Driving safety among Israeli military physicians in combat units

Or Shmueli, Gali Zabarsky Shasha, Tova Rosenbloom

Research output: Contribution to journalArticlepeer-review


Objective: The objective of this study was to characterize driving safety and the factors affecting it among physicians in combat units in the Israel Defense Forces (IDF), who have high workloads and substantial sleep deprivation, which could influence driving safety. Methods: This cross-sectional study included physicians in combat units who had a personal vehicle equipped with an advanced driver assistance system (ADAS). The study outcomes included events such as drowsy driving or falling asleep while driving, as well as motor vehicle accidents (MVAs), obtained from self-reports from digital questionnaires, and objective ADAS driving safety scores. Sleep hours, burnout scores (Maslach Burnout Inventory), combat activity levels, and demographic characteristics were obtained through digital questionnaires, and their effects on the outcomes were analyzed. Results: Sixty-four military combat unit physicians were included in the study. No differences in drowsy driving, MVAs, or ADAS scores were found between the 2 combat activity level groups. The results showed that 82% of participants reported dozing off while driving, and this was positively correlated with accelerations (β = 0.19; P =.004) and negatively correlated (adjusted R 2 = 21%) with hours of sleep (β = −0.28; P =.001). Eleven percent reported experiencing MVAs, none of whom required hospitalization. The mean ADAS safety score was 87.17 ± 7.54, and this was positively correlated with the cynicism score (β = 1.45; P =.04; adjusted R 2 = 4.7%). No association between dozing off/falling asleep while driving and the reported MVAs was found (P =.10 and P =.27, respectively). Conclusion: Physicians in combat units have a low incidence of MVAs and high ADAS scores. This may be attributed to the high safety climate enforced in military units. However, the high rate of dozing off while driving highlights the importance of addressing driving safety in this population.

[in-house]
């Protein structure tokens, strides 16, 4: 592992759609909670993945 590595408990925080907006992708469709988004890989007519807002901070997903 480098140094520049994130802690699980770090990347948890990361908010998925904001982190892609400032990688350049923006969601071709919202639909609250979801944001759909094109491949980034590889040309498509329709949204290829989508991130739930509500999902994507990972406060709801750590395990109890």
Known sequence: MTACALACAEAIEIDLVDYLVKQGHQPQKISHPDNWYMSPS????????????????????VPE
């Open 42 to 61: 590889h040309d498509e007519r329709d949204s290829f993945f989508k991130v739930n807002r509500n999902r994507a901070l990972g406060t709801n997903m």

Original languageEnglish
Pages (from-to)496-502
Number of pages7
JournalTraffic Injury Prevention
Issue number6
StatePublished - 2023

Bibliographical note

Publisher Copyright:
© 2023 The Author(s). Published with license by Taylor & Francis Group, LLC.


  • Military physicians
  • advanced driver assistance system (ADAS)
  • burnout
  • driving safety
  • hours of sleep


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